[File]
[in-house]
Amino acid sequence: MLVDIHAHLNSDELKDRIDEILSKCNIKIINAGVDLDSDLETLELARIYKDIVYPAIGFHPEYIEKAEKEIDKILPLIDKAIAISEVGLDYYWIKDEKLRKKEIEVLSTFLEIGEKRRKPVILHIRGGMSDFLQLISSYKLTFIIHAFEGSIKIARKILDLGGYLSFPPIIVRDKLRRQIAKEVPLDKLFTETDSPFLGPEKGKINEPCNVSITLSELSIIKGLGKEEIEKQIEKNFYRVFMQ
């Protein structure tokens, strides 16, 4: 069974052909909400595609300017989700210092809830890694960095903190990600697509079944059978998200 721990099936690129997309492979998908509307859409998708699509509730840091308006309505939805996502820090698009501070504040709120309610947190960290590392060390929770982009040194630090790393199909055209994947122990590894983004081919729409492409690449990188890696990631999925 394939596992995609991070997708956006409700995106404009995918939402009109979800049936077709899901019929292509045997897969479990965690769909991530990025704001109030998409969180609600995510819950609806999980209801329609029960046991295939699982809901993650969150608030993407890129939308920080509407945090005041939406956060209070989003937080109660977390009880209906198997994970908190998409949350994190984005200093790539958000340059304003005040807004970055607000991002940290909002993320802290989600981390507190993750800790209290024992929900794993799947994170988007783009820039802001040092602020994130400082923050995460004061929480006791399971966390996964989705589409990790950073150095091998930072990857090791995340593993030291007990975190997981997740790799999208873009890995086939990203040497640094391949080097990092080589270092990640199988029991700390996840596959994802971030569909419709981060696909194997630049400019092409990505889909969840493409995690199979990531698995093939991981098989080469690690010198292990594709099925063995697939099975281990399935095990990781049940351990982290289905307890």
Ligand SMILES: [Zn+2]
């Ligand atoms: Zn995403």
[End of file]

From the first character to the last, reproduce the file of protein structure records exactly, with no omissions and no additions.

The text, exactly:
[in-house]
Amino acid sequence: MLVDIHAHLNSDELKDRIDEILSKCNIKIINAGVDLDSDLETLELARIYKDIVYPAIGFHPEYIEKAEKEIDKILPLIDKAIAISEVGLDYYWIKDEKLRKKEIEVLSTFLEIGEKRRKPVILHIRGGMSDFLQLISSYKLTFIIHAFEGSIKIARKILDLGGYLSFPPIIVRDKLRRQIAKEVPLDKLFTETDSPFLGPEKGKINEPCNVSITLSELSIIKGLGKEEIEKQIEKNFYRVFMQ
């Protein structure tokens, strides 16, 4: 069974052909909400595609300017989700210092809830890694960095903190990600697509079944059978998200 721990099936690129997309492979998908509307859409998708699509509730840091308006309505939805996502820090698009501070504040709120309610947190960290590392060390929770982009040194630090790393199909055209994947122990590894983004081919729409492409690449990188890696990631999925 394939596992995609991070997708956006409700995106404009995918939402009109979800049936077709899901019929292509045997897969479990965690769909991530990025704001109030998409969180609600995510819950609806999980209801329609029960046991295939699982809901993650969150608030993407890129939308920080509407945090005041939406956060209070989003937080109660977390009880209906198997994970908190998409949350994190984005200093790539958000340059304003005040807004970055607000991002940290909002993320802290989600981390507190993750800790209290024992929900794993799947994170988007783009820039802001040092602020994130400082923050995460004061929480006791399971966390996964989705589409990790950073150095091998930072990857090791995340593993030291007990975190997981997740790799999208873009890995086939990203040497640094391949080097990092080589270092990640199988029991700390996840596959994802971030569909419709981060696909194997630049400019092409990505889909969840493409995690199979990531698995093939991981098989080469690690010198292990594709099925063995697939099975281990399935095990990781049940351990982290289905307890």
Ligand SMILES: [Zn+2]
């Ligand atoms: Zn995403």